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  • Order Nectridea. A group of aquatic early amphibians from the Late Carboniferous to the Early Permian. Many were newt-like in appearance with long flat tails for swimming, such as Sauropleura from Late Carboniferous Europe and North America. Interesting members of this order are Diplocaulus and Diploceraspis from the Late Carboniferous and Early Permian of the USA, which have expanded skulls with large horns growing out of the sides. The juvenile forms have no horns at all and they enlarge throughout life. The function of the horns is still not understood.

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Pantylus

Pantylus is an extinct lepospondyl amphibian from the Permian period of North America.Pantylus was probably a largely terrestrial animal, judging from its well-built legs. It was about 25 centimetres (10 in) long, and resembled a lizard with a large skull and short limbs. It had numerous blunt teeth, and probably chased after invertebrate prey.

Paracyclotosaurus davidi fossil.

The only known example of Paracyclotosaurus davidi,an amphibian that lived in Australia around 235 million years ago.The type specimen of Paracyclotosaurus is the only example of a complete articulated skeleton of a capitosaur, one of the major groups of Triassic temnospondyl amphibians.

NHM

  • Phlegethontia      Phlegethontia, an aistopod from the Pennsylvanian.

PLAGIOSAUROIDEA (Abel, 1919)

Les vertébres ont un centra cylindrique. Sur la face dorsale on peut observer une rainure centrale bordée par les facettes d’insertions des arcs neuraux.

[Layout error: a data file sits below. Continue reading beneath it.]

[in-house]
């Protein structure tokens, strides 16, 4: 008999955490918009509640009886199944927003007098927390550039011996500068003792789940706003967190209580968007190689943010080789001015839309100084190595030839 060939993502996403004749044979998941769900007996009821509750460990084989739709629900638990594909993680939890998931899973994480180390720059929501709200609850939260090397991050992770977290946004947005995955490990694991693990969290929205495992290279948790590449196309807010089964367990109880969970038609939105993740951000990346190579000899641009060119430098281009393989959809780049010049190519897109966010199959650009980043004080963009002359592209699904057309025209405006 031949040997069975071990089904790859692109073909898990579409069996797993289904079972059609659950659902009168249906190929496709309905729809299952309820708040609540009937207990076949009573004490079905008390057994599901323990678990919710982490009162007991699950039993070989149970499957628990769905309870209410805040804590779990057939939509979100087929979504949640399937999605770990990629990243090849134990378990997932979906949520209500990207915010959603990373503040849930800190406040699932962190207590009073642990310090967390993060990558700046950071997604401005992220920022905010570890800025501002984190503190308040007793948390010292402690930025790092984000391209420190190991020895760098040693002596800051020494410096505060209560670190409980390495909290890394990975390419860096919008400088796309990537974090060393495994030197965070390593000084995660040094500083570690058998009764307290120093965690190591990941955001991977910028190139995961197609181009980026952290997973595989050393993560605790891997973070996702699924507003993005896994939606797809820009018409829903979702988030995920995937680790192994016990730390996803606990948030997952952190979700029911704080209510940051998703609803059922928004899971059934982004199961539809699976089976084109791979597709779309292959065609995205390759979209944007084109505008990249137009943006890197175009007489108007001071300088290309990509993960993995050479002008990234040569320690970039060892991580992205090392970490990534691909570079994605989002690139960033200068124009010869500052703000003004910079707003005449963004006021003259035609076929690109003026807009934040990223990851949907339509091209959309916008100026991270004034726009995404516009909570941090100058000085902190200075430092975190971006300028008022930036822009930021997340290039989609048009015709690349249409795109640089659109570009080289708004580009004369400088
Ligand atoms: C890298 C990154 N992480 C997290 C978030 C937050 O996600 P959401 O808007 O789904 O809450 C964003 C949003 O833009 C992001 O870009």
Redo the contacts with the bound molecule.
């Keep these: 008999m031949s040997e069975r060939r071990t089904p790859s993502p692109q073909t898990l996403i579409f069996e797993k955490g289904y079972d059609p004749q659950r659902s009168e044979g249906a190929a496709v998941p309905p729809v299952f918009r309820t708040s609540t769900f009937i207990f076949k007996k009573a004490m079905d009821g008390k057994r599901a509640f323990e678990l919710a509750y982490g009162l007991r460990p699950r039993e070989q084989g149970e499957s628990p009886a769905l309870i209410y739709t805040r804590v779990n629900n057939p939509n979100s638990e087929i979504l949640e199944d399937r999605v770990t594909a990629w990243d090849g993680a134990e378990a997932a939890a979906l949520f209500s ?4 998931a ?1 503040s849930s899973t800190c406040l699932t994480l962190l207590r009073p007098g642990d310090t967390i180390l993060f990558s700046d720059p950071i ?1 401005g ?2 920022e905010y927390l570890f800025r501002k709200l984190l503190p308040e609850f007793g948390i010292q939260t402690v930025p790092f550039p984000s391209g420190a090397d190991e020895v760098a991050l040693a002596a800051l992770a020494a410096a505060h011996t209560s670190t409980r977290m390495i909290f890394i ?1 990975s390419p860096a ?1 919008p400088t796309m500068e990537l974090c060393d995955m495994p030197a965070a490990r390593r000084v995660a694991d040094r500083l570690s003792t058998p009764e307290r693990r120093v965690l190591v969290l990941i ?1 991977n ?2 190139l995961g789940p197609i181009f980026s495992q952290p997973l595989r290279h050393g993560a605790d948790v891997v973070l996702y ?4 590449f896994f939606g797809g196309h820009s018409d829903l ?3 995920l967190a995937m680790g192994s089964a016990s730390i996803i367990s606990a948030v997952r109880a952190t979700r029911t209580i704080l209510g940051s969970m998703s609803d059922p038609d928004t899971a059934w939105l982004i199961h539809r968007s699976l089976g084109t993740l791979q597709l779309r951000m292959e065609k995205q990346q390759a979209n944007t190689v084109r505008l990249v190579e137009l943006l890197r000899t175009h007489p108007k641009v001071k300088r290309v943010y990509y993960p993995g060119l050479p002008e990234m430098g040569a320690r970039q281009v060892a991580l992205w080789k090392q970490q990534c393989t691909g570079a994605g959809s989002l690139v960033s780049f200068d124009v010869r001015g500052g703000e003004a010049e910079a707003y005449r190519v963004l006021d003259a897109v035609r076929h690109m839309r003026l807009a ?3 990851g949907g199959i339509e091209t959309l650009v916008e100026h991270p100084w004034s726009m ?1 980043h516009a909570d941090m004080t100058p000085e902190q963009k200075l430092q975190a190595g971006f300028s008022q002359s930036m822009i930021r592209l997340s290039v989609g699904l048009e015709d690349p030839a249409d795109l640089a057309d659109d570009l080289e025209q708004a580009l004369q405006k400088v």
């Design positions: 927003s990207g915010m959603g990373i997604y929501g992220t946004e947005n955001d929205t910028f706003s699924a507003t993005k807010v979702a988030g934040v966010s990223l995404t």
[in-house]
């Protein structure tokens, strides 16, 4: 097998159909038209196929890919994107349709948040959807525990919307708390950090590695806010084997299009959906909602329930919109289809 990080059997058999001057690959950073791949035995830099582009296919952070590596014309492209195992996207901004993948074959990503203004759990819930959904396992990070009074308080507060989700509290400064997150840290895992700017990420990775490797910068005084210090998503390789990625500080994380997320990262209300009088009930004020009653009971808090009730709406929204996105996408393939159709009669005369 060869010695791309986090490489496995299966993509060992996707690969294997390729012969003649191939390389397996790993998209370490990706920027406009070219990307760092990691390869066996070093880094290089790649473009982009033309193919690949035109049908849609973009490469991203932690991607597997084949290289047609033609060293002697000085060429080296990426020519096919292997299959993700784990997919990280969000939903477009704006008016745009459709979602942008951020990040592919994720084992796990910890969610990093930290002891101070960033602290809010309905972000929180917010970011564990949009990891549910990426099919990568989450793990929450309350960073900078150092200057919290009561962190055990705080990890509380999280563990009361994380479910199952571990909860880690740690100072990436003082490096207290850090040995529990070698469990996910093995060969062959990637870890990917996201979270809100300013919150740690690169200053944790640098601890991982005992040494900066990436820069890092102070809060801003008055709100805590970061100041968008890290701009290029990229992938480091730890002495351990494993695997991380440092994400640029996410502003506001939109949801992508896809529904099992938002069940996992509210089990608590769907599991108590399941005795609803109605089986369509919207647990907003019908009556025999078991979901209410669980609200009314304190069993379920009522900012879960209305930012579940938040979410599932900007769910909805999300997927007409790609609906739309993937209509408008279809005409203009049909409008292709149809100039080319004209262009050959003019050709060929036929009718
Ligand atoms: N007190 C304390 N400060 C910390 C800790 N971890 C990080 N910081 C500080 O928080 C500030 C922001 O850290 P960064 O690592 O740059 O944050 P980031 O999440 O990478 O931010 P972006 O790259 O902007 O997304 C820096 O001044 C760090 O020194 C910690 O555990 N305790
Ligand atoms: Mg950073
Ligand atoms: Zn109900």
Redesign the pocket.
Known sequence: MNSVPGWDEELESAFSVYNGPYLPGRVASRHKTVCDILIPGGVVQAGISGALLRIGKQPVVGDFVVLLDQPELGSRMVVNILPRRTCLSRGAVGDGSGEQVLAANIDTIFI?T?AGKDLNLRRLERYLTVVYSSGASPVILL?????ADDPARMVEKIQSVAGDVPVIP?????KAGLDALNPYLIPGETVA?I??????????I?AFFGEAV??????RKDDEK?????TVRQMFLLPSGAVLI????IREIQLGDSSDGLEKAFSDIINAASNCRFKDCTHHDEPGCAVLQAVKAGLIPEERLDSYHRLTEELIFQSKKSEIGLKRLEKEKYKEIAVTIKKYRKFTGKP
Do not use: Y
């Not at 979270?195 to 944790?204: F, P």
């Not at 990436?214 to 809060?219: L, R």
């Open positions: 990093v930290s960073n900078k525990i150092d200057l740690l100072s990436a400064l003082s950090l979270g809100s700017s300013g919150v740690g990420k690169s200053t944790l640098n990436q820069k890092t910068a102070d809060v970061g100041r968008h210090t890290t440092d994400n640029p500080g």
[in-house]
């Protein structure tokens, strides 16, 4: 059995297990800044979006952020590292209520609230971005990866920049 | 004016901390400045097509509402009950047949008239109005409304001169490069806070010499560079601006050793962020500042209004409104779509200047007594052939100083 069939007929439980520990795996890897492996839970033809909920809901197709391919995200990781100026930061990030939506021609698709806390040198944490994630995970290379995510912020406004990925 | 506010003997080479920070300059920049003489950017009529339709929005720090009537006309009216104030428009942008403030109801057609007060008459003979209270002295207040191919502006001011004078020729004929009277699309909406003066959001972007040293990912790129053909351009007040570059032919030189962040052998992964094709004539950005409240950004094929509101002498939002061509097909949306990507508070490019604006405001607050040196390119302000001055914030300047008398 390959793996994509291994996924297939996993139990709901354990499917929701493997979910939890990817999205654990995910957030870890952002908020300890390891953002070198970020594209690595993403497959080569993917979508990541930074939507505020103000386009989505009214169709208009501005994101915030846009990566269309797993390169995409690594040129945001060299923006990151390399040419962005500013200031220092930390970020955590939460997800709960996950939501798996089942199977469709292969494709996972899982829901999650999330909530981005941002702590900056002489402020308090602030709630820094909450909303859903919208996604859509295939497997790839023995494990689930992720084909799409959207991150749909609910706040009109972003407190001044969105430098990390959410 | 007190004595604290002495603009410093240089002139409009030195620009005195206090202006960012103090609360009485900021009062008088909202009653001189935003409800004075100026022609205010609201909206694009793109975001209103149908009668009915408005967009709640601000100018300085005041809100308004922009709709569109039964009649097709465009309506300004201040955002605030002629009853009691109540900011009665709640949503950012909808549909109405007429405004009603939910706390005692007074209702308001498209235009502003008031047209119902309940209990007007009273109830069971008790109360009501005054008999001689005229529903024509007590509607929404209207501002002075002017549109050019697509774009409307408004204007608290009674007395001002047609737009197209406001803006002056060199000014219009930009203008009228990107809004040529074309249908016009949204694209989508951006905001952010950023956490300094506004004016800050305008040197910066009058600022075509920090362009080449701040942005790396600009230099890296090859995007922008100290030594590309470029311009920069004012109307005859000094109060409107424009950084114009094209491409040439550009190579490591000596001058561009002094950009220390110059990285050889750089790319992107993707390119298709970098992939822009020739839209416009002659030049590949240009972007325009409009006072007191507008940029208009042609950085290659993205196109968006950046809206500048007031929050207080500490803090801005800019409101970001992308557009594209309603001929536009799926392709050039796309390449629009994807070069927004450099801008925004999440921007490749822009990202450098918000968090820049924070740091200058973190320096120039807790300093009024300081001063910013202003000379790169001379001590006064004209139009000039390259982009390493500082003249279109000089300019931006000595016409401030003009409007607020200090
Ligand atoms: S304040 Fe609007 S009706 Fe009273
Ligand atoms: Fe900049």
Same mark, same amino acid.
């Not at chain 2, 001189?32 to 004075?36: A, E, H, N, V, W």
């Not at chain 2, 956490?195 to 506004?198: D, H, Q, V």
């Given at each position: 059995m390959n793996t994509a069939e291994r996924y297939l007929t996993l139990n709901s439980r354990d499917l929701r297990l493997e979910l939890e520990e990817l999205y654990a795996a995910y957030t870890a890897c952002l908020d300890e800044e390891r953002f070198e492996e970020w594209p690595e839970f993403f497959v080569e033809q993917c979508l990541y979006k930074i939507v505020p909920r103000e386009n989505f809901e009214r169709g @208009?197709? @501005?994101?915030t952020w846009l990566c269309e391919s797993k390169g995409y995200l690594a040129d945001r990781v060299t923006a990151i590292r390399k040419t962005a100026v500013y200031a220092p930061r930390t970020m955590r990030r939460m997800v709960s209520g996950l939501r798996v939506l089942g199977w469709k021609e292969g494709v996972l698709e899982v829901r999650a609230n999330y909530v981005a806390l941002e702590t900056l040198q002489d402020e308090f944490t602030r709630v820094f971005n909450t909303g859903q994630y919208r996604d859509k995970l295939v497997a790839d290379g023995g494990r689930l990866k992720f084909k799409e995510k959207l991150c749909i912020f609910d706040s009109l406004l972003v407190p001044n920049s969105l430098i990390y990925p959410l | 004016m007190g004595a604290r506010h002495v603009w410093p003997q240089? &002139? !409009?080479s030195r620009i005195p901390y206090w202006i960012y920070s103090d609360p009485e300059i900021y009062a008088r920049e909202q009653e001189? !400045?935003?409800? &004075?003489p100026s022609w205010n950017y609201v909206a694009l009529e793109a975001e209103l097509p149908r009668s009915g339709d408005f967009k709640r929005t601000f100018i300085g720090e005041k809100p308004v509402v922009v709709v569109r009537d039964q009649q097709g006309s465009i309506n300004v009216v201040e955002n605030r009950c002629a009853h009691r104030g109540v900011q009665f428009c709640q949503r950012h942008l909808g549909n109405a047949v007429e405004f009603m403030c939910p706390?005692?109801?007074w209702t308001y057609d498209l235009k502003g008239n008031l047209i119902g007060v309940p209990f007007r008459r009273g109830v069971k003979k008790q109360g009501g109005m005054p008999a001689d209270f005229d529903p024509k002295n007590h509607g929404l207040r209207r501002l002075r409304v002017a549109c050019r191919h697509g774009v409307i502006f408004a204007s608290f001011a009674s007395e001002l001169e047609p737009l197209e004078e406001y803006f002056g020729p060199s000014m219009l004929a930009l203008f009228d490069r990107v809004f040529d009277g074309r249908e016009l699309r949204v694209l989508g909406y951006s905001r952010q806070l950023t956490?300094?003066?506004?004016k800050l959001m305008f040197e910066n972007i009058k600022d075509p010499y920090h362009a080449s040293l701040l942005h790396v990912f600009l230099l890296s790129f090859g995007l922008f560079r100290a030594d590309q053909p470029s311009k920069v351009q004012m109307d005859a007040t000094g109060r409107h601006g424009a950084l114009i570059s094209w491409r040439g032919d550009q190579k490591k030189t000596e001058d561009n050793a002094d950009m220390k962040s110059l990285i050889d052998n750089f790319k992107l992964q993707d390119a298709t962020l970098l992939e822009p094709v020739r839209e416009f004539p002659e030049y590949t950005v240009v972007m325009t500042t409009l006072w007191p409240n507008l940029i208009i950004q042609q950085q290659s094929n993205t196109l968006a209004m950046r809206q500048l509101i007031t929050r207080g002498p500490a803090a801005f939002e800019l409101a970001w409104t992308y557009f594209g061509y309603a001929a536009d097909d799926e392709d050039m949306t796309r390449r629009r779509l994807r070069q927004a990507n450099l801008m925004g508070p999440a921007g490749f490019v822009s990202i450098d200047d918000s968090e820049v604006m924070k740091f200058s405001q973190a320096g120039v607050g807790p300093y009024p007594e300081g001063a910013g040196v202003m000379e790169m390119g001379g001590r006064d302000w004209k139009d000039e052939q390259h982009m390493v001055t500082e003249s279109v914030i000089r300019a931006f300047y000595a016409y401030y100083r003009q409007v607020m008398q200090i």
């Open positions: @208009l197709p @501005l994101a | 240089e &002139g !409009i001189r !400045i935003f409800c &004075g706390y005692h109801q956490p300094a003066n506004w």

v1plagiosauridae    v2plagiosauridae
 
 Ces vertébres peuvent appartenir à Plagiosaurus ou a Gerrothorax deux animaux aux crânes particuliers

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Roodgekleurd merg ontdekt in fossielen Spaans amfibieën

Het fossiele skelet van de kikker Rana pueyoi.Een donkerbruine biofilm markeert de plaats waar zacht weefsel aanwezig was.
Michiel van Nieuwstadt

Tien miljoen jaar oud beenmerg is ontdekt in fossiele kikkers (Rana pueyoi) en salamanders (Triton) die zijn gevonden in het noordoosten van Spanje.

Volgens een team van Spaanse en Ierse wetenschappers is het beenmerg (weefsel aan de binnenkant van grote botten waar de meeste bloedcellen worden aangemaakt) bewaard gebleven in zijn oorspronkelijke toestand. Zelfs de oorspronkelijke rode kleur is nog te zien. (Geology, augustus 2006).

De ontdekking is een nieuwe aanwijzing dat kwetsbare, zachte weefsels in fossielen beter bewaard kunnen blijven dan lang is aangenomen. Voor wetenschappers is dat van belang omdat uit deze weefsels sporen van DNA en zelfs de eiwitten van dieren gewonnen kunnen worden.

Paleontologe Mary Schweitzer van de Universiteit van Montana publiceerde vorig jaar in Science over de ontdekking in beenderen van Tyrannosaurus rex van collageen, bloedvaten en mogelijk zelfs bloedcellen. Over het mechanisme waardoor deze weefsels 65 miljoen jaar behouden bleven, heeft zij nog niet gepubliceerd.

In hun studie over salamanders en kikkers opperen Maria McNamara van University College Dublin en haar collega’s dat het beenmerg beschermd is gebleven tegen bacteriën en andere schadelijke chemische processen door een laag omringend bot. Omdat de weefsels van de salamanders en die van T. rex zijn ontdekt in milieus die sterk verschillen (respectievelijk kleisteen en zandsteen) achten de onderzoekers het waarschijnlijk dat de conservering van kwetsbare weefsels in fossielen veel algemener is dan tot nu toe is aangenomen.